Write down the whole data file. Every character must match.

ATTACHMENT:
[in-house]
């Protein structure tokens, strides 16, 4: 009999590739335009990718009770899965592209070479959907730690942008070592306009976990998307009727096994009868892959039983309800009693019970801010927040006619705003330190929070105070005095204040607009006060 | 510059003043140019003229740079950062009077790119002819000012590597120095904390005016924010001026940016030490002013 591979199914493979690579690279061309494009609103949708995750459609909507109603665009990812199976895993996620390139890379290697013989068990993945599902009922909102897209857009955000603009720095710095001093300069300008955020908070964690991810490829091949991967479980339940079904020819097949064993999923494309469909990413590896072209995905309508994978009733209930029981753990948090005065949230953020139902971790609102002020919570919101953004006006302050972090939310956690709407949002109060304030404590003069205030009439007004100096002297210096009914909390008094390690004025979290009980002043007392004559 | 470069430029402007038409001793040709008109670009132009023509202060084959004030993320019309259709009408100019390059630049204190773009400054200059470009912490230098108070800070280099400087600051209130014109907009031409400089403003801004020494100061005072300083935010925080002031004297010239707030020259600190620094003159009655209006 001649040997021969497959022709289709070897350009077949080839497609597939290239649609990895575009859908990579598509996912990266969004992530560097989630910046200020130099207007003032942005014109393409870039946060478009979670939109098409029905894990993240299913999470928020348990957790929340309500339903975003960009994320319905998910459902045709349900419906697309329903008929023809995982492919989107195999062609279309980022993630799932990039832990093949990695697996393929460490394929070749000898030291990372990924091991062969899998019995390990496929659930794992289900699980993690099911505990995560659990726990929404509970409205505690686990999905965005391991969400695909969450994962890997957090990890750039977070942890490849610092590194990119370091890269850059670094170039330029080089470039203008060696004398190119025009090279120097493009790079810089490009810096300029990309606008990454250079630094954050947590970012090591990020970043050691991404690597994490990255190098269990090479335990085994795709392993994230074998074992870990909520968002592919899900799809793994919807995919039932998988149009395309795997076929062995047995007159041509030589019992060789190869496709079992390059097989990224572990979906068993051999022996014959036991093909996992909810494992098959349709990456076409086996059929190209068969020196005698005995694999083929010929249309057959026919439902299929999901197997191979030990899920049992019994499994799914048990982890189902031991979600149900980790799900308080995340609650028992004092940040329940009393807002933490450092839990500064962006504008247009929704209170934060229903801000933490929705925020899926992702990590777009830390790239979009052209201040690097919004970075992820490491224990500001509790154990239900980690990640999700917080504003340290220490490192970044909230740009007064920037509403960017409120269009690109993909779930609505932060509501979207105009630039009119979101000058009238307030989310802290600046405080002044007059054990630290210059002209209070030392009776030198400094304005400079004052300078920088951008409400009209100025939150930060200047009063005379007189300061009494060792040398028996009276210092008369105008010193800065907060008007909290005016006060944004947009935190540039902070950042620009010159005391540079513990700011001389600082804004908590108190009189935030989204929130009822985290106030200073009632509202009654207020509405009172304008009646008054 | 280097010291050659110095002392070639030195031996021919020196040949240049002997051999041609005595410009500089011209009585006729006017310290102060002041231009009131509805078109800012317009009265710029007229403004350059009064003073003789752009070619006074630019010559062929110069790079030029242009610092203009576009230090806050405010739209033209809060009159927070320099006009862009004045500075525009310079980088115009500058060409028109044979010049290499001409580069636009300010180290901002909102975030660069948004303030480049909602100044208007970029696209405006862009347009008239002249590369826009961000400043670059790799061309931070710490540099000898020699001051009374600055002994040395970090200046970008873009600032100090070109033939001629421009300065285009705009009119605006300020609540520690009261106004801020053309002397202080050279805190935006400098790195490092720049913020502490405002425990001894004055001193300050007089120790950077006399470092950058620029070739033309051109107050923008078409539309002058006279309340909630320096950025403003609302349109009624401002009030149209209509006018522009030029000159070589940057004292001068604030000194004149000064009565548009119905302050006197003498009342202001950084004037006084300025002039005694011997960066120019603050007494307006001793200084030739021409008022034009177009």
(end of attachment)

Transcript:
[in-house]
């Protein structure tokens, strides 16, 4: 009999590739335009990718009770899965592209070479959907730690942008070592306009976990998307009727096994009868892959039983309800009693019970801010927040006619705003330190929070105070005095204040607009006060 | 510059003043140019003229740079950062009077790119002819000012590597120095904390005016924010001026940016030490002013 591979199914493979690579690279061309494009609103949708995750459609909507109603665009990812199976895993996620390139890379290697013989068990993945599902009922909102897209857009955000603009720095710095001093300069300008955020908070964690991810490829091949991967479980339940079904020819097949064993999923494309469909990413590896072209995905309508994978009733209930029981753990948090005065949230953020139902971790609102002020919570919101953004006006302050972090939310956690709407949002109060304030404590003069205030009439007004100096002297210096009914909390008094390690004025979290009980002043007392004559 | 470069430029402007038409001793040709008109670009132009023509202060084959004030993320019309259709009408100019390059630049204190773009400054200059470009912490230098108070800070280099400087600051209130014109907009031409400089403003801004020494100061005072300083935010925080002031004297010239707030020259600190620094003159009655209006 001649040997021969497959022709289709070897350009077949080839497609597939290239649609990895575009859908990579598509996912990266969004992530560097989630910046200020130099207007003032942005014109393409870039946060478009979670939109098409029905894990993240299913999470928020348990957790929340309500339903975003960009994320319905998910459902045709349900419906697309329903008929023809995982492919989107195999062609279309980022993630799932990039832990093949990695697996393929460490394929070749000898030291990372990924091991062969899998019995390990496929659930794992289900699980993690099911505990995560659990726990929404509970409205505690686990999905965005391991969400695909969450994962890997957090990890750039977070942890490849610092590194990119370091890269850059670094170039330029080089470039203008060696004398190119025009090279120097493009790079810089490009810096300029990309606008990454250079630094954050947590970012090591990020970043050691991404690597994490990255190098269990090479335990085994795709392993994230074998074992870990909520968002592919899900799809793994919807995919039932998988149009395309795997076929062995047995007159041509030589019992060789190869496709079992390059097989990224572990979906068993051999022996014959036991093909996992909810494992098959349709990456076409086996059929190209068969020196005698005995694999083929010929249309057959026919439902299929999901197997191979030990899920049992019994499994799914048990982890189902031991979600149900980790799900308080995340609650028992004092940040329940009393807002933490450092839990500064962006504008247009929704209170934060229903801000933490929705925020899926992702990590777009830390790239979009052209201040690097919004970075992820490491224990500001509790154990239900980690990640999700917080504003340290220490490192970044909230740009007064920037509403960017409120269009690109993909779930609505932060509501979207105009630039009119979101000058009238307030989310802290600046405080002044007059054990630290210059002209209070030392009776030198400094304005400079004052300078920088951008409400009209100025939150930060200047009063005379007189300061009494060792040398028996009276210092008369105008010193800065907060008007909290005016006060944004947009935190540039902070950042620009010159005391540079513990700011001389600082804004908590108190009189935030989204929130009822985290106030200073009632509202009654207020509405009172304008009646008054 | 280097010291050659110095002392070639030195031996021919020196040949240049002997051999041609005595410009500089011209009585006729006017310290102060002041231009009131509805078109800012317009009265710029007229403004350059009064003073003789752009070619006074630019010559062929110069790079030029242009610092203009576009230090806050405010739209033209809060009159927070320099006009862009004045500075525009310079980088115009500058060409028109044979010049290499001409580069636009300010180290901002909102975030660069948004303030480049909602100044208007970029696209405006862009347009008239002249590369826009961000400043670059790799061309931070710490540099000898020699001051009374600055002994040395970090200046970008873009600032100090070109033939001629421009300065285009705009009119605006300020609540520690009261106004801020053309002397202080050279805190935006400098790195490092720049913020502490405002425990001894004055001193300050007089120790950077006399470092950058620029070739033309051109107050923008078409539309002058006279309340909630320096950025403003609302349109009624401002009030149209209509006018522009030029000159070589940057004292001068604030000194004149000064009565548009119905302050006197003498009342202001950084004037006084300025002039005694011997960066120019603050007494307006001793200084030739021409008022034009177009």